A Commodity Trading Advisor (CTA) is an individual or organization that, for compensation or profit, advises others as to the value or advisability of buying or selling futures contracts or commodity options.
Providing advice indirectly includes exercising trading authority over a customer's account, as well as giving advice through written publications or other media.
In general, NFA registration is required unless the CTA qualifies for one of the exemptions from registration outlined in CFTC Regulations 4.5 or 4.14, chiefly:
- That the offering of commodity trading advice is merely "incidental" to the advisor's business
- The person is not "otherwise holding itself out" as a commodity trading advisor. 
CTAs and the Dodd-Frank Act
The Commodity Futures Trading Commission (CFTC) proposed and finalized rules specifying the reporting requirements applicable to advisers to private funds that are registered with the Securities and Exchange Commission (SEC) as investment advisers and with the CFTC as commodity pool operators (CPOs) or commodity trading advisors (CTAs). This is a joint rulemaking with the SEC. The CFTC also approved changes to the compliance obligations of CPOs and CTAs that include a requirement for CPOs and CTAs that are registered solely with the CFTC to file similar reports, as well as several other changes. Specifically, all CTAs that are "dual registrants" -- those that file with both the CFTC and SEC --will be required to file a new form, Form PF. CTAs managing more than $150 million will be required to file Section 1 of Form PF; for CTAs managing more than $1 billion, an extended Section 2 will also be required. Reports would include material such as the amount of assets under management, use of leverage, counterparty credit risk exposure, and trading and investment positions for each fund receiving advice.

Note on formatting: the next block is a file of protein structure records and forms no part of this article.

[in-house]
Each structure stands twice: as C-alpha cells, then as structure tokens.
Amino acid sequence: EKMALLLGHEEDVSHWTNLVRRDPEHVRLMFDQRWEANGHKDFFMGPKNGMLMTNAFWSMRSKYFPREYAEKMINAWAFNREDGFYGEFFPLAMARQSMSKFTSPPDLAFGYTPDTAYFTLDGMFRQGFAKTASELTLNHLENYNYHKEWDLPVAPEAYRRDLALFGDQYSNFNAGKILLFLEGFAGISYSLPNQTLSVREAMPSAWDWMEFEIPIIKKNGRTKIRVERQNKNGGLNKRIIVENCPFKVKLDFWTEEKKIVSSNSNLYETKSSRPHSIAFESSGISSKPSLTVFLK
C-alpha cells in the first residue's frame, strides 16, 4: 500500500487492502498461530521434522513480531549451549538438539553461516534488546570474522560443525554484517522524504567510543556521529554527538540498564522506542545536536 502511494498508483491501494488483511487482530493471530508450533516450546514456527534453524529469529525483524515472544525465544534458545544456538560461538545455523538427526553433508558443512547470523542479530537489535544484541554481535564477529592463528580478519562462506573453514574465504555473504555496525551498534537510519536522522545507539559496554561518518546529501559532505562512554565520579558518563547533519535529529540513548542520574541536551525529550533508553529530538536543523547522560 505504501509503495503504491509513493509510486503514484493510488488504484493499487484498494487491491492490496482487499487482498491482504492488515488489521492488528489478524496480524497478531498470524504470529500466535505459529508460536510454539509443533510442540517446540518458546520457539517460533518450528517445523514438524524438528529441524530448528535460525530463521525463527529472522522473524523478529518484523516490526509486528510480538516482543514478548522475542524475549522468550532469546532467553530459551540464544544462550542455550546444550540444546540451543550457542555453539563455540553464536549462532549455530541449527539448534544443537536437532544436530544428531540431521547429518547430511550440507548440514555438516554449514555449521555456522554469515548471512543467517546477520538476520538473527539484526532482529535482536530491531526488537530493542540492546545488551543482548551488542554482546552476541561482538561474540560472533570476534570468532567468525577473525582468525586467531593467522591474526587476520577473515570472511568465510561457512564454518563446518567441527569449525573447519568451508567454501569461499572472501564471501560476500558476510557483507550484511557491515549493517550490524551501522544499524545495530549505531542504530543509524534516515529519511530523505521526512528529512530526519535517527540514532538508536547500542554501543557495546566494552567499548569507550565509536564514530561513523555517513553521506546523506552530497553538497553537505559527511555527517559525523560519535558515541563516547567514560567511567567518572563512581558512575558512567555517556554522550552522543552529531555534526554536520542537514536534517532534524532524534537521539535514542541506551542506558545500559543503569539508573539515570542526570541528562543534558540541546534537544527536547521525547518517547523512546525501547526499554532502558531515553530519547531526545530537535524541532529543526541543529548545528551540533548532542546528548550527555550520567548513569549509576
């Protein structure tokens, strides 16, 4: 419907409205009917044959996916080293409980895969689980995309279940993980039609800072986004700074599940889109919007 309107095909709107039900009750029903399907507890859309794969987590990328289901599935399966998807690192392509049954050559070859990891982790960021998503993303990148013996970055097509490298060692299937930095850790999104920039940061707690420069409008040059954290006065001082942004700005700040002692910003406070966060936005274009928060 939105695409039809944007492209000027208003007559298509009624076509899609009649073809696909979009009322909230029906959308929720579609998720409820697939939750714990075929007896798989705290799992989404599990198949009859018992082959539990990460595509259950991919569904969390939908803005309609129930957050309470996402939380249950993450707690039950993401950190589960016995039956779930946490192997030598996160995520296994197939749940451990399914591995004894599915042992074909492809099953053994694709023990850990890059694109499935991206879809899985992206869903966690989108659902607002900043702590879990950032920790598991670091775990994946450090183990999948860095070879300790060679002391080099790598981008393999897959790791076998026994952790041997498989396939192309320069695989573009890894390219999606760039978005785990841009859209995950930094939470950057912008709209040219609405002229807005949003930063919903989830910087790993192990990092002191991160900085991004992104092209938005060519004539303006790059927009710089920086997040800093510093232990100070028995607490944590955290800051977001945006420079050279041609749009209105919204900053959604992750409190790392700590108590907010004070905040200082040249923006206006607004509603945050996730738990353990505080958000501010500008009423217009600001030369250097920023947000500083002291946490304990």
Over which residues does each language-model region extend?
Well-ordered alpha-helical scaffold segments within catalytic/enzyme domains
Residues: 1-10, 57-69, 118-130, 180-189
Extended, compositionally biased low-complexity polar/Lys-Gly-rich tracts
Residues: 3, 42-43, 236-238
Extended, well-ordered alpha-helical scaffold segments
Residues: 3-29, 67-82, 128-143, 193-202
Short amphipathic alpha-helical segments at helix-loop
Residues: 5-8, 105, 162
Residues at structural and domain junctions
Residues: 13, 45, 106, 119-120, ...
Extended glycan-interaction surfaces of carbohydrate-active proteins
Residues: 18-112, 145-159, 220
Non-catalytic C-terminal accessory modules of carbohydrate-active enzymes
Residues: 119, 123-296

Additionally, the CFTC approved a final rulemaking that amends Part 4 of its regulations to reflect changes made to the CEA by the Dodd-Frank Act. Dodd-Frank redefined the terms “commodity pool” “commodity pool operator” and“commodity trading advisor” to include involvement with swaps activities and transactions. The rule passed by a vote of 5-0. The rule appeared in the Federal Register on September 5, 2012.